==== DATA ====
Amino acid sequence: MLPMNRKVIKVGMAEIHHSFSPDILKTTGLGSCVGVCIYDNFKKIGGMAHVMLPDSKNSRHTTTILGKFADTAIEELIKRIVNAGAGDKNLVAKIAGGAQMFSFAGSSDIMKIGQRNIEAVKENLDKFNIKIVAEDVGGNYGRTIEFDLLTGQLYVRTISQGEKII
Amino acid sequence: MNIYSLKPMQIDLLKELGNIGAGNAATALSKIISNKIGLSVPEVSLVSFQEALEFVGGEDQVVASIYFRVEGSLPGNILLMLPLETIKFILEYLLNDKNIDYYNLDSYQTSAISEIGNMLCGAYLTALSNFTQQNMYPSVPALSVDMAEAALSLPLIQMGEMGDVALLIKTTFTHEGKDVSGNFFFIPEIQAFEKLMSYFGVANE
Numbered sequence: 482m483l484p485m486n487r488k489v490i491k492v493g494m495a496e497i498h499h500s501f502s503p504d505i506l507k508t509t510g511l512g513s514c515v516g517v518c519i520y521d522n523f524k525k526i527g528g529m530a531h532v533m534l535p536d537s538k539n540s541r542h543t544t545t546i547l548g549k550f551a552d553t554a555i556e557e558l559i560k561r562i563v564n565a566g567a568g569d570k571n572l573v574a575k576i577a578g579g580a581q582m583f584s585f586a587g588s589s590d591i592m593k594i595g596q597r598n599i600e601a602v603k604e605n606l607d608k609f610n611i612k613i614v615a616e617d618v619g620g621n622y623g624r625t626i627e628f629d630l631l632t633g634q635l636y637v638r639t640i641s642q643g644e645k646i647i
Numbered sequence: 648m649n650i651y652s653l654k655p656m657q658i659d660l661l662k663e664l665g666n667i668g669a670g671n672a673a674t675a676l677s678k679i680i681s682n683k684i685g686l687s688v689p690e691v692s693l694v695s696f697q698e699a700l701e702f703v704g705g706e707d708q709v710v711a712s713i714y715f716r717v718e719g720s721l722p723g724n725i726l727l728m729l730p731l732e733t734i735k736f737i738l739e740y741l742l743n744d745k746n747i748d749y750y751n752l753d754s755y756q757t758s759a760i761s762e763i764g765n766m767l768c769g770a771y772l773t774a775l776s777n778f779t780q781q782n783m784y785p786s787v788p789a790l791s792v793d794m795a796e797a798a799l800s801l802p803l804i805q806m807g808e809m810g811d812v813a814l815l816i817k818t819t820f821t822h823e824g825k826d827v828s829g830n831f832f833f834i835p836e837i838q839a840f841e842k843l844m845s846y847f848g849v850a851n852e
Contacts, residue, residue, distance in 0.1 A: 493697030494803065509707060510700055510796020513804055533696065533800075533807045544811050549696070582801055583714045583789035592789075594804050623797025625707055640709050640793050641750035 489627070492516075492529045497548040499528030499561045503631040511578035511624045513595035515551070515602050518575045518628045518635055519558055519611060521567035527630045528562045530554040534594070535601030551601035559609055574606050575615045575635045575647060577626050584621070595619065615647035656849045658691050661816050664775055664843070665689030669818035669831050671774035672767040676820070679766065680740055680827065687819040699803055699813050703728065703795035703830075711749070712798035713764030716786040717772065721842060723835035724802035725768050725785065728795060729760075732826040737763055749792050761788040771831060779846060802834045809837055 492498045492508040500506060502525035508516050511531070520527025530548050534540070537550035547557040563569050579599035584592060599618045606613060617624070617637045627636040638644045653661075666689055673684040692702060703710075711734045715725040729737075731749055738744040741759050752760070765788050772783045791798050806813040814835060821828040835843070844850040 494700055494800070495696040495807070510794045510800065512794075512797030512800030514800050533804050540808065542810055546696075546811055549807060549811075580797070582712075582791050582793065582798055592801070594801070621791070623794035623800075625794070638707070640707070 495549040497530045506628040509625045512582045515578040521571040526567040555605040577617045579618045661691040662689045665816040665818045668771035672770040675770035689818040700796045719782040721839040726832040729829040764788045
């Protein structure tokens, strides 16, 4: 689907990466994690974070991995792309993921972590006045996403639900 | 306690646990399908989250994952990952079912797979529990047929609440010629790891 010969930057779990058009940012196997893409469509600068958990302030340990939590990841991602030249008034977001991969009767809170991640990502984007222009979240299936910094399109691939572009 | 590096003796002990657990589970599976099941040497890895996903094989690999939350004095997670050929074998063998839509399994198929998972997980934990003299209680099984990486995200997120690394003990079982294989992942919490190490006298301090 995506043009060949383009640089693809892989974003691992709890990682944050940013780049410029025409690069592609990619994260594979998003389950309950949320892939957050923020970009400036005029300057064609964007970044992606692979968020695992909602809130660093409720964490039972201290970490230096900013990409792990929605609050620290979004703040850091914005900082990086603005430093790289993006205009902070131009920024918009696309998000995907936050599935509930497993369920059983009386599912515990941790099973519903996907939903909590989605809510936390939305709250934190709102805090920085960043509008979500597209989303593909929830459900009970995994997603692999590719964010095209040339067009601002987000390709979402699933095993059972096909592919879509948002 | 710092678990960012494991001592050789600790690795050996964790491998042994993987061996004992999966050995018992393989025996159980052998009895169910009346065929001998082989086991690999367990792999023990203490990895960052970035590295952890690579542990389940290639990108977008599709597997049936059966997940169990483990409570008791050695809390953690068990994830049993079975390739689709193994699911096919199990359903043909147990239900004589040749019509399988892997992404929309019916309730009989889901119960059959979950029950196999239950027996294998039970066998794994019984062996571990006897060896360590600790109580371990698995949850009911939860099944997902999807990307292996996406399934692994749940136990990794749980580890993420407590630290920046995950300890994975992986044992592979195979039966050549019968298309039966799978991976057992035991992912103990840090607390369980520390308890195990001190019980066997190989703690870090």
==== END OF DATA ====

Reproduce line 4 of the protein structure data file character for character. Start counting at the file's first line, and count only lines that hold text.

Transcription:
Numbered sequence: 648m649n650i651y652s653l654k655p656m657q658i659d660l661l662k663e664l665g666n667i668g669a670g671n672a673a674t675a676l677s678k679i680i681s682n683k684i685g686l687s688v689p690e691v692s693l694v695s696f697q698e699a700l701e702f703v704g705g706e707d708q709v710v711a712s713i714y715f716r717v718e719g720s721l722p723g724n725i726l727l728m729l730p731l732e733t734i735k736f737i738l739e740y741l742l743n744d745k746n747i748d749y750y751n752l753d754s755y756q757t758s759a760i761s762e763i764g765n766m767l768c769g770a771y772l773t774a775l776s777n778f779t780q781q782n783m784y785p786s787v788p789a790l791s792v793d794m795a796e797a798a799l800s801l802p803l804i805q806m807g808e809m810g811d812v813a814l815l816i817k818t819t820f821t822h823e824g825k826d827v828s829g830n831f832f833f834i835p836e837i838q839a840f841e842k843l844m845s846y847f848g849v850a851n852e